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Twenty — minutes — maybe — more.Naomichoose four wordsmore quotes

design: intriguing


The Outbreak Poems — artistic emissions in a pandemic


data visualization + art
Data from the POG570 cohort is visualized on the cover of the Nature Cancer April 2020 issue, accompanying our report Pan-cancer genomic landscapes of advanced tumors after therapy The system of ellipses depict mutation spectra for each of the 570 patients in the study.

Nature Genetics Cover — August 2020 issue

Analysis of Ugandan cervical carcinomas identifies human papillomavirus clade–specific epigenome and transcriptome landscapes

Gagliardi, A., Porter, V.L., Zong, Z. et al. (2020) Analysis of Ugandan cervical carcinomas identifies human papillomavirus clade–specific epigenome and transcriptome landscapes. Nature Genetics 52:800–810.

Martin Krzywinski / Martin Krzywinski @MKrzywinski mkweb.bcgsc.ca
Desktop image based on our design of the Nature Cancer April 2020 cover accompanying Pan-cancer genomic landscapes of advanced tumors after therapy. (download desktops)
Martin Krzywinski / Martin Krzywinski @MKrzywinski mkweb.bcgsc.ca
Desktop image based on our design of the Nature Cancer April 2020 cover accompanying Pan-cancer genomic landscapes of advanced tumors after therapy. (download desktops)

Nature Genetics selected our design for the cover of the August 2020 issue. The design is based on histone modifications across HPV-integration events, which we report on in Analysis of Ugandan cervical carcinomas identifies human papillomavirus clade–specific epigenome and transcriptome landscapes.

The piece's title “Dichotomy of Chromatin in Color” was suggested by Dr. Andy Mungall, one of the senior authors on the report.

You can download images to bring the cover to your desktop.

Martin Krzywinski / Martin Krzywinski @MKrzywinski mkweb.bcgsc.ca
Dichotomy of Chromatin in Color. Design behind the Nature Genetics August 2020 cover accompanying Gagliardi, A., Porter, V.L., Zong, Z. et al. (2020) Analysis of Ugandan cervical carcinomas identifies human papillomavirus clade–specific epigenome and transcriptome landscapes. Nature Genetics 52:800–810.
Martin Krzywinski / Martin Krzywinski @MKrzywinski mkweb.bcgsc.ca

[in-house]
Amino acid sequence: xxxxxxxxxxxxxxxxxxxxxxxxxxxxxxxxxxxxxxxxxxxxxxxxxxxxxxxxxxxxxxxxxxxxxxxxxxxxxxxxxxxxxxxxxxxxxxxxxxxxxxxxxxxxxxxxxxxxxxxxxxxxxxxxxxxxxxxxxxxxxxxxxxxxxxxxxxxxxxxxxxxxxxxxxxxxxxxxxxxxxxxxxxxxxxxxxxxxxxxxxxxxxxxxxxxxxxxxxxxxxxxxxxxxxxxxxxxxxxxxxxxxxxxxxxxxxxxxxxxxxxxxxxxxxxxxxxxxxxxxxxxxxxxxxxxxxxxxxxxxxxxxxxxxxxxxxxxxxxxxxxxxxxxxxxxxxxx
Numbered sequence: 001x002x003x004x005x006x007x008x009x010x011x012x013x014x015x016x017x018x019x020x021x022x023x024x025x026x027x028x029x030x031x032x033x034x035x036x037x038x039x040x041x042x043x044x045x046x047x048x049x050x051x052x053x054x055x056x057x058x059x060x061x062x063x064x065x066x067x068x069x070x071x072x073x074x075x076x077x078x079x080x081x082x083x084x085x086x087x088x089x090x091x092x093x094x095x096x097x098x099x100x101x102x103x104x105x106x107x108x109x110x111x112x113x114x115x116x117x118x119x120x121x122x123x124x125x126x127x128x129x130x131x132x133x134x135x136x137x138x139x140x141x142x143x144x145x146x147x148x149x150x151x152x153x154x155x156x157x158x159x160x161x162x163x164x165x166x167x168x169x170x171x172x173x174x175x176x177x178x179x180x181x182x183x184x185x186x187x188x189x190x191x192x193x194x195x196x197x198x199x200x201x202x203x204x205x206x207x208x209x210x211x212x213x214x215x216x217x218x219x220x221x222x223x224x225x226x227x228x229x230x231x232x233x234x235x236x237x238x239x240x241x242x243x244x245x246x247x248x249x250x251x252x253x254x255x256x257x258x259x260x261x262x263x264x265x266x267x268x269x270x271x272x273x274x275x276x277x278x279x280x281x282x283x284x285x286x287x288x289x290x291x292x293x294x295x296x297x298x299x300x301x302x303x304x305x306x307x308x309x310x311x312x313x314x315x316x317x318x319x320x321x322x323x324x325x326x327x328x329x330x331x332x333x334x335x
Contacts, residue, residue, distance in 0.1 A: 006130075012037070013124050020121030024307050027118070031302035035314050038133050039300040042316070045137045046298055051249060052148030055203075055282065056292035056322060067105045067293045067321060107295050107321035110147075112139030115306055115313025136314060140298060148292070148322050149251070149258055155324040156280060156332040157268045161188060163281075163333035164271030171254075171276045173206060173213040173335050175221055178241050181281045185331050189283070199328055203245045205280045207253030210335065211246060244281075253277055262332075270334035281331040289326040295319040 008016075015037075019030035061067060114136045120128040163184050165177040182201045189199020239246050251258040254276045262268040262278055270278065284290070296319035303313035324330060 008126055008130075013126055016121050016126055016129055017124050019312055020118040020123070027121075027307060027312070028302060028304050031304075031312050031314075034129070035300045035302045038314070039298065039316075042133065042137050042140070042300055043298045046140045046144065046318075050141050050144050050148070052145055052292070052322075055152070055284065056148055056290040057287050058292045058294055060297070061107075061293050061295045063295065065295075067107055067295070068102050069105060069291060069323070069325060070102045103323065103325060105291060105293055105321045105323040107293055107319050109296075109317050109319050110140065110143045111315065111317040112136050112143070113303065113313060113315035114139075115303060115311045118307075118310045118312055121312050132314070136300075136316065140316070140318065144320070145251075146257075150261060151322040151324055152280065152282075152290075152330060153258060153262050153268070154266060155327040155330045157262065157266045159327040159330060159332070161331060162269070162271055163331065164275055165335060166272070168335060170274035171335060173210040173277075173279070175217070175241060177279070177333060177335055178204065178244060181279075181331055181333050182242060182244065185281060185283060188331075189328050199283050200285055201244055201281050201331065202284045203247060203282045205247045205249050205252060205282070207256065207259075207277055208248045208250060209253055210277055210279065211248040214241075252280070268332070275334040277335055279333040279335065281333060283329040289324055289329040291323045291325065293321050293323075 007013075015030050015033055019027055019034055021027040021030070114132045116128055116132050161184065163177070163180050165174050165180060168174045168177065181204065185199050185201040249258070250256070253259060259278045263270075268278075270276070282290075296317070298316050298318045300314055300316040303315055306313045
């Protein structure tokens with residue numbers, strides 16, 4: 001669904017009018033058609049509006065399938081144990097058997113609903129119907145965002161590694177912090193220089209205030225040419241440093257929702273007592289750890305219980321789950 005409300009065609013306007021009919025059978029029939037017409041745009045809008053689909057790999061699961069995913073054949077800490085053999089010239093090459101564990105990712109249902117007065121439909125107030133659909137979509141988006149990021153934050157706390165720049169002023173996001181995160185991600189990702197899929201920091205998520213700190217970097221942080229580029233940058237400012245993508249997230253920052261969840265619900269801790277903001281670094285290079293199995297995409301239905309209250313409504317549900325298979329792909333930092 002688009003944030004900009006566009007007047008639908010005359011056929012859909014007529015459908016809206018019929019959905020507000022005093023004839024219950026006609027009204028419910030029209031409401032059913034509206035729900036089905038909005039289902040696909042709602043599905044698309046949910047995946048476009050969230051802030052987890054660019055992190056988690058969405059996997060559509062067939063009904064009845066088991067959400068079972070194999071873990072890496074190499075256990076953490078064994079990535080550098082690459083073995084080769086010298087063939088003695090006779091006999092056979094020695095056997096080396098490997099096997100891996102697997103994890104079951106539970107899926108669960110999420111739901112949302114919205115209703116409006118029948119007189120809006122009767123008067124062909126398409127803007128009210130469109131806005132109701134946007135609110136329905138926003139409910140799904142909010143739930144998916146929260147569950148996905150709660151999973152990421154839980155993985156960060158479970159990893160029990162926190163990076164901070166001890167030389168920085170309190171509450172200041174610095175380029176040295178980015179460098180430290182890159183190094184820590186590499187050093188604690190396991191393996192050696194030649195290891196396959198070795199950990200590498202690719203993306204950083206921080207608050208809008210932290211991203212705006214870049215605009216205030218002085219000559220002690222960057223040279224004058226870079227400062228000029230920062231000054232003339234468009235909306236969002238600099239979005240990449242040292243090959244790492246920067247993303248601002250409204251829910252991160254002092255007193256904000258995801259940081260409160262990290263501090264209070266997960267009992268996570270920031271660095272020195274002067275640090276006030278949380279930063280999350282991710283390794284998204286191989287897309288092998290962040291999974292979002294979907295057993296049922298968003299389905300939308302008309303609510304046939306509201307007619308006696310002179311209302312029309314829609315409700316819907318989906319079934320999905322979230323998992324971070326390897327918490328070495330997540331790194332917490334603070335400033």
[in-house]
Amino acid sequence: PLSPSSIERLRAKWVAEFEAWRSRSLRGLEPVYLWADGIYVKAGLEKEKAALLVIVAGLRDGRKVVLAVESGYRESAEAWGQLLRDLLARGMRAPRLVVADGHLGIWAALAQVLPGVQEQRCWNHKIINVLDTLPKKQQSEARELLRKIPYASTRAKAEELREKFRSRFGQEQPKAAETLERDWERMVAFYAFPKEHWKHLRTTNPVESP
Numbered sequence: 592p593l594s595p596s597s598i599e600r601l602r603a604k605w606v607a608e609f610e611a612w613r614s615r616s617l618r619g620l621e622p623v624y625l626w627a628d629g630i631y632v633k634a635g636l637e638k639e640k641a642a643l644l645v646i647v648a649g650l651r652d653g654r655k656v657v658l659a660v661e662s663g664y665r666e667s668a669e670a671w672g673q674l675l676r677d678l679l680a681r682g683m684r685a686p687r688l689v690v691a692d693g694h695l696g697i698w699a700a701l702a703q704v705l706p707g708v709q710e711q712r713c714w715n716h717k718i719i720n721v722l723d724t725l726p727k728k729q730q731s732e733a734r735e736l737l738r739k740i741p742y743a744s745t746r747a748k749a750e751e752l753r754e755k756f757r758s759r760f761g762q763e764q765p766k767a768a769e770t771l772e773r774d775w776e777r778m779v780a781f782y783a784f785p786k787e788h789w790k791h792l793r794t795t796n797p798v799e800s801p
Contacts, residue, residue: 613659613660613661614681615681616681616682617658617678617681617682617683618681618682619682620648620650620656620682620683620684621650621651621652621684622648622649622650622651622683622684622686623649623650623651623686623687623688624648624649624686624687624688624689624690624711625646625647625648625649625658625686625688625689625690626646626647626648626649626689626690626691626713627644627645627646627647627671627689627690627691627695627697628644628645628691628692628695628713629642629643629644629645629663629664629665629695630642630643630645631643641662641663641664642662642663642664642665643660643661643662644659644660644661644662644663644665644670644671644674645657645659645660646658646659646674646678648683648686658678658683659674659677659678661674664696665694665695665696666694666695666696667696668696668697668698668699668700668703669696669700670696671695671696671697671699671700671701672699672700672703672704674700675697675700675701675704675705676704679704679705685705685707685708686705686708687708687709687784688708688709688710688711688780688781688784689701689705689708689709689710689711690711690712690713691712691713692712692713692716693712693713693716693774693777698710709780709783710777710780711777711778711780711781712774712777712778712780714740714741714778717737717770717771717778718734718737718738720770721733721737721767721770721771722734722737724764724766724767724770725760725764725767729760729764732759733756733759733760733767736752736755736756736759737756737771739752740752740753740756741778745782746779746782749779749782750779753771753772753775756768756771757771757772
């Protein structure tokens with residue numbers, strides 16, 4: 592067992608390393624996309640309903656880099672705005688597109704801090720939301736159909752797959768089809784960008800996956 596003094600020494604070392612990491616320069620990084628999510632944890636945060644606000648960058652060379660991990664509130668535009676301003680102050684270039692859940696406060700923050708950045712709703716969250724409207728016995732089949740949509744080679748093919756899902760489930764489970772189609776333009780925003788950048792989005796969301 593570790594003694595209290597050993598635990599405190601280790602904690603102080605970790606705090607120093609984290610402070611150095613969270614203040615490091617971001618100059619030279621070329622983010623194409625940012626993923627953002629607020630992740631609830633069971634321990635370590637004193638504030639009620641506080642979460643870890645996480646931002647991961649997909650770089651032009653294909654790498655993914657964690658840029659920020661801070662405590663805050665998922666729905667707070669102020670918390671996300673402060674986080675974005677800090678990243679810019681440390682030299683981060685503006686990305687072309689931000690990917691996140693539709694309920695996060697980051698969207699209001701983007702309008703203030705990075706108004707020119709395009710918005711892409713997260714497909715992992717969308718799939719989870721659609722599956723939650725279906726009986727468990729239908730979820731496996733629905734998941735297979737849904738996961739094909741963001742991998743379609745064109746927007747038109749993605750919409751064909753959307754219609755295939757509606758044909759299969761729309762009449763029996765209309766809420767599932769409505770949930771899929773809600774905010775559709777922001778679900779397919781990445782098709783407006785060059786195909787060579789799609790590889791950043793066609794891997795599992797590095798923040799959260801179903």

Our design on the cover of Nature Cancer's April 2020 issue shows mutation spectra of patients from the POG570 cohort of 570 individuals with advanced metastatic cancer. (Nature Cancer Cover)

about the cover

As reported by Gagliardi et al. in Analysis of Ugandan cervical carcinomas identifies human papillomavirus clade–specific epigenome and transcriptome landscapes, human papillomavirus (HPV) is found integrated within the genome in most cervical tumors, and often is associated with marked epigenetic and transcriptional activation of the surrounding chromatin. The circular arrangement shows the profile of histone modifications observed with ChIP–seq across the HPV-integration events in the cluster with the highest increase in enrichment. It is composed of data sampled from two randomly paired individuals, with tracks facing inward and outward for each individual. Individuals are paired randomly, and track colors correspond to five histone marks with epigenetic enrichment.

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news + thoughts

Points of Significance celebrates 50th column

Mon 24-08-2020

We are celebrating the publication of our 50th column!

To all our coauthors — thank you and see you in the next column!

Martin Krzywinski @MKrzywinski mkweb.bcgsc.ca
Nature Methods Points of Significance: Celebrating 50 columns of clear explanations of statistics. (read)

Uncertainty and the management of epidemics

Mon 24-08-2020

When modelling epidemics, some uncertainties matter more than others.

Public health policy is always hampered by uncertainty. During a novel outbreak, nearly everything will be uncertain: the mode of transmission, the duration and population variability of latency, infection and protective immunity and, critically, whether the outbreak will fade out or turn into a major epidemic.